Piero di Giovanni, called Lorenzo Monaco was a Florentine painter, also known as Lawrence the Monk. He gained this religious nickname from his time within the Camaldolese Monastery of Santa Maria degli Angeli of Florence. He eventually left the Monastery to pursue a career as an artist, painting in the International Gothic style of the 14th Century, as well as in the style of the Sienese School of painting. In this respect Monaco merged the Sienese style with the prominent Florentine style of the time.
The Camaldolese manuscript illuminations and miniature works in the Laurentian Library in Florence are renowned works attributed to Monaco. His works in the Uffizi Gallery include, Coronation of the Virgin, originally painted for the Church of the Convento degli Angioli. Considered a masterpiece of the artist, it also depicts scenes from the life of Saint Benedict. The work shows a somewhat conventional composition for the time, but Monaco’s style is unique in the fluidity of movement in the figures and their drapery. The piece’s decorative use of gold and ultramarine blue pigment would have been a gem within the Church, and show that Monaco’s patron was indeed generous. (Kren and Marx, Web Gallery of Art)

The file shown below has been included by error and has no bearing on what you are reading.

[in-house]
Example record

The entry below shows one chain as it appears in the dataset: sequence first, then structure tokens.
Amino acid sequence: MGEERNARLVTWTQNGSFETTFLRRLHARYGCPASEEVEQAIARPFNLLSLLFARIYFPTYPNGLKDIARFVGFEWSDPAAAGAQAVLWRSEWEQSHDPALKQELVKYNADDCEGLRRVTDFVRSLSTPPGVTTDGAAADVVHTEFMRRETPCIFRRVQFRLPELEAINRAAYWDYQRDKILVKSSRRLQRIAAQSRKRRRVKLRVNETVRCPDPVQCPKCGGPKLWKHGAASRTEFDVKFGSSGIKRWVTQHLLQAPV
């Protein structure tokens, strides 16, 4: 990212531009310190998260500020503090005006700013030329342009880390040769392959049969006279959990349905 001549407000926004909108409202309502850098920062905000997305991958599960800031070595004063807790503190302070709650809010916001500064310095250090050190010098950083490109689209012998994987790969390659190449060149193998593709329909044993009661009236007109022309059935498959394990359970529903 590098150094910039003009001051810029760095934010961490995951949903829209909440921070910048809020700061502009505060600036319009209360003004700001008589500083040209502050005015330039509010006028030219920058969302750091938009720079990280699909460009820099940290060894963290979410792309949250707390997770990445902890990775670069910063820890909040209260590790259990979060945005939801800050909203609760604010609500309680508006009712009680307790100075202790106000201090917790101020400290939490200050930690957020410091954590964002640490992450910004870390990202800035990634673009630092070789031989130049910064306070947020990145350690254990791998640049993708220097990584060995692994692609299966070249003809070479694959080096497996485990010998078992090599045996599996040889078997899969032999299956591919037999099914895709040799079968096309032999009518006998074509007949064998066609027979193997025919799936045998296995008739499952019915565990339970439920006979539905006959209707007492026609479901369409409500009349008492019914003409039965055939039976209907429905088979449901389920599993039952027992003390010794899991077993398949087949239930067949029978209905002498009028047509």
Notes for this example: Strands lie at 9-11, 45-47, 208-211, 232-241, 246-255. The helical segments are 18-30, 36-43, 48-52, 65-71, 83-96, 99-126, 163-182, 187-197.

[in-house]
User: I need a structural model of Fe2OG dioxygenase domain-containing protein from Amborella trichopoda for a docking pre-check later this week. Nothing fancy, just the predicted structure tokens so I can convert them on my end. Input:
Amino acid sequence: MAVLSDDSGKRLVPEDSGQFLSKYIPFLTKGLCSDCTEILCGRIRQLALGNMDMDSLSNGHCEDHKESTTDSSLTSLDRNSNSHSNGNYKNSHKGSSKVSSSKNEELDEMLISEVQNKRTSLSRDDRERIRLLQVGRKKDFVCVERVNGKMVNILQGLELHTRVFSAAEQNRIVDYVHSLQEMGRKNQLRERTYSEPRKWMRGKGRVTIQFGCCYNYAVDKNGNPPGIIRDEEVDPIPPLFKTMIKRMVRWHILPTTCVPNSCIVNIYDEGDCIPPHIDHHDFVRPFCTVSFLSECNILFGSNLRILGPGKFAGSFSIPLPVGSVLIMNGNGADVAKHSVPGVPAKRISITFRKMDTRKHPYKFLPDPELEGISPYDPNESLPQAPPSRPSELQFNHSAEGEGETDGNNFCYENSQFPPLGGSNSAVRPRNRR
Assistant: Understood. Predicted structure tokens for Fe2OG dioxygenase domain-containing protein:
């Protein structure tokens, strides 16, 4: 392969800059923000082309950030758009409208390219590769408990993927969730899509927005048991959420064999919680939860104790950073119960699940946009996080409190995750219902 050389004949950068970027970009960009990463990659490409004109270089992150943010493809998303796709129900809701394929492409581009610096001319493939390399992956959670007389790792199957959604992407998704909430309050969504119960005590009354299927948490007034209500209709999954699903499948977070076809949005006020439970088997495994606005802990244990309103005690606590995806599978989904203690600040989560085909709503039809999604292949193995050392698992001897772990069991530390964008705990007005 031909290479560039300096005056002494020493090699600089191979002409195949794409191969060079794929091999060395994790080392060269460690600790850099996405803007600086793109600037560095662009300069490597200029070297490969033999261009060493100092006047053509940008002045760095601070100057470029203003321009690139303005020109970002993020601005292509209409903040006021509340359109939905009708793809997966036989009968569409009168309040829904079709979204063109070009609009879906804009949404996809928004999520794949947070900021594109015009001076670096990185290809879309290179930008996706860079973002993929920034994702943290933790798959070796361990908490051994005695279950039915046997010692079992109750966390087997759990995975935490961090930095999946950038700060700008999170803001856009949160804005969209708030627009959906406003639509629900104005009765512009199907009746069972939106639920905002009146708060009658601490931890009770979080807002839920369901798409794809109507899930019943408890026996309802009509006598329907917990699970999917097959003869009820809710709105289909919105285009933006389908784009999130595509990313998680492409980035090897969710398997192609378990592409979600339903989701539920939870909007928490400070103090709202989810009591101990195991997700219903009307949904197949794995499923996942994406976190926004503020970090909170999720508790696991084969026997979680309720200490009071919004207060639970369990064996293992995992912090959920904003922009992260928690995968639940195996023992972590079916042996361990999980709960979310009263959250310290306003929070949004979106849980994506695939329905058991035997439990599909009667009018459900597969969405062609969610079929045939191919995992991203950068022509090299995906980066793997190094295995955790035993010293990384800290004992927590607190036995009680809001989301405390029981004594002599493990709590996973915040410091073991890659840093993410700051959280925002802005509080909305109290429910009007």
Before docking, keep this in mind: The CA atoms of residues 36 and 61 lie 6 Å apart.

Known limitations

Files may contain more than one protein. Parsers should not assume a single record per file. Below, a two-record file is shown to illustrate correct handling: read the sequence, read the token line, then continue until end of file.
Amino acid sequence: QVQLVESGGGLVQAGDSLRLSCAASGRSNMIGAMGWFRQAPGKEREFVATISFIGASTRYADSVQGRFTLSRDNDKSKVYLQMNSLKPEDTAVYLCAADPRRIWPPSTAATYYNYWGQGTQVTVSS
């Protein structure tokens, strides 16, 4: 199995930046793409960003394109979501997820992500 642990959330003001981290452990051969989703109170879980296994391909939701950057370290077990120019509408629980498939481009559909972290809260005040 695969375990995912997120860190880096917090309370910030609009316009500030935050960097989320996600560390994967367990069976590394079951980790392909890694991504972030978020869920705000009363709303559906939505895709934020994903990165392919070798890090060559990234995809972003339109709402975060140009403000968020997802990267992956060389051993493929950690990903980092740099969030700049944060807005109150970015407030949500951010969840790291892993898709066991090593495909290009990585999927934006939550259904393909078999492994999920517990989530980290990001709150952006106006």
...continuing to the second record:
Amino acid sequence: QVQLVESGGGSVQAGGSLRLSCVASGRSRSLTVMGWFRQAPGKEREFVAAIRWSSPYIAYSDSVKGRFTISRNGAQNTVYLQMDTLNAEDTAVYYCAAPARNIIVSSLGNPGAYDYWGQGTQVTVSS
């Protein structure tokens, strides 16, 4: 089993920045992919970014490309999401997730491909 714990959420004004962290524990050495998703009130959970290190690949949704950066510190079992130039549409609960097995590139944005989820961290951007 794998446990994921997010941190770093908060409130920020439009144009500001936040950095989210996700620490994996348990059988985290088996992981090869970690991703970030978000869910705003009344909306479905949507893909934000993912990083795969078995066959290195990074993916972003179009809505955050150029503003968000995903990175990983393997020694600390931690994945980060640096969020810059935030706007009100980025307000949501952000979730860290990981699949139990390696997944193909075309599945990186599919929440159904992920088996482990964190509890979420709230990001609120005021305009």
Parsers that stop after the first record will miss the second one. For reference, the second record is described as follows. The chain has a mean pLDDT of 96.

Monaco’s other piece in the Uffizi Gallery is the, Adoration of the Magi, which was also added to by Cosimo Rosselli (1439 – 1507). This piece was created for the Church of Sant’Egidio in Florence. The Central panel was painted by Monaco, while the Prophets and the Annunciation in the upper section were by Rosselli. Monaco’s style used vivid colors with fluid and graceful lines, providing a transition from the Gothic style of artists like Duccio (1255 – 1260) and Giotto (1267 – 1337) into the Quattrocento artists he influenced such as Masaccio (1401 – 1428) and Fra Angelico (1395 – 1455). (Kren and Marx, Web Gallery of Art).
(A source of this text was taken from the www.wikipedia.org entry on Monaco, available through the GNU Free Documentation License.)